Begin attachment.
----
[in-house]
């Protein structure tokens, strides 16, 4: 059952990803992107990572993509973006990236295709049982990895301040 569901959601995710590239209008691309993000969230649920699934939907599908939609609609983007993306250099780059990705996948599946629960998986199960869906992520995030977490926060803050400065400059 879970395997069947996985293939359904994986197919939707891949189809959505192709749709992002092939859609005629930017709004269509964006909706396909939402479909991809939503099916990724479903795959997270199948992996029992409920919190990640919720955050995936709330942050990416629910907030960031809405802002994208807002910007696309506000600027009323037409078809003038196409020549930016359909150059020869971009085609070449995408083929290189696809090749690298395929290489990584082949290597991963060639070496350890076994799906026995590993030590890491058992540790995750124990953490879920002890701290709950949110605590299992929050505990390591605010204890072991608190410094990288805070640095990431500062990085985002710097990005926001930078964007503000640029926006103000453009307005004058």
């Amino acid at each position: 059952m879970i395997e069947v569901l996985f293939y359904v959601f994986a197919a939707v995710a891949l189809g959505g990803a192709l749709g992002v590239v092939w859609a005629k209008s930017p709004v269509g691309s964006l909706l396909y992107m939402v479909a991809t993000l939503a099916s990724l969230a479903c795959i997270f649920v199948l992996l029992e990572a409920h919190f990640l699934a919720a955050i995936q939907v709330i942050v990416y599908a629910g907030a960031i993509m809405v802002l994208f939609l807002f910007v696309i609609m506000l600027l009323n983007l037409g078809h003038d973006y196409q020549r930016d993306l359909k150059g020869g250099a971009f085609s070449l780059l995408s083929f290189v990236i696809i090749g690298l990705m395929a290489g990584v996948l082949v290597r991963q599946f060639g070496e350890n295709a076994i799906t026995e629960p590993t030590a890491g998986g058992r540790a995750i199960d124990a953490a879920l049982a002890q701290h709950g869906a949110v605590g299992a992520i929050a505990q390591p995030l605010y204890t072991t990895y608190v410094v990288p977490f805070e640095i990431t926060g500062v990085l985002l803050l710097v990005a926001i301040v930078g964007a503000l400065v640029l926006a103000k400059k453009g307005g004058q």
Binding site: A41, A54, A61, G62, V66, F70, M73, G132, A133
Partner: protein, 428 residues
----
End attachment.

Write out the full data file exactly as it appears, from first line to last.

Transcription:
[in-house]
């Protein structure tokens, strides 16, 4: 059952990803992107990572993509973006990236295709049982990895301040 569901959601995710590239209008691309993000969230649920699934939907599908939609609609983007993306250099780059990705996948599946629960998986199960869906992520995030977490926060803050400065400059 879970395997069947996985293939359904994986197919939707891949189809959505192709749709992002092939859609005629930017709004269509964006909706396909939402479909991809939503099916990724479903795959997270199948992996029992409920919190990640919720955050995936709330942050990416629910907030960031809405802002994208807002910007696309506000600027009323037409078809003038196409020549930016359909150059020869971009085609070449995408083929290189696809090749690298395929290489990584082949290597991963060639070496350890076994799906026995590993030590890491058992540790995750124990953490879920002890701290709950949110605590299992929050505990390591605010204890072991608190410094990288805070640095990431500062990085985002710097990005926001930078964007503000640029926006103000453009307005004058």
């Amino acid at each position: 059952m879970i395997e069947v569901l996985f293939y359904v959601f994986a197919a939707v995710a891949l189809g959505g990803a192709l749709g992002v590239v092939w859609a005629k209008s930017p709004v269509g691309s964006l909706l396909y992107m939402v479909a991809t993000l939503a099916s990724l969230a479903c795959i997270f649920v199948l992996l029992e990572a409920h919190f990640l699934a919720a955050i995936q939907v709330i942050v990416y599908a629910g907030a960031i993509m809405v802002l994208f939609l807002f910007v696309i609609m506000l600027l009323n983007l037409g078809h003038d973006y196409q020549r930016d993306l359909k150059g020869g250099a971009f085609s070449l780059l995408s083929f290189v990236i696809i090749g690298l990705m395929a290489g990584v996948l082949v290597r991963q599946f060639g070496e350890n295709a076994i799906t026995e629960p590993t030590a890491g998986g058992r540790a995750i199960d124990a953490a879920l049982a002890q701290h709950g869906a949110v605590g299992a992520i929050a505990q390591p995030l605010y204890t072991t990895y608190v410094v990288p977490f805070e640095i990431t926060g500062v990085l985002l803050l710097v990005a926001i301040v930078g964007a503000l400065v640029l926006a103000k400059k453009g307005g004058q």
Binding site: A41, A54, A61, G62, V66, F70, M73, G132, A133
Partner: protein, 428 residues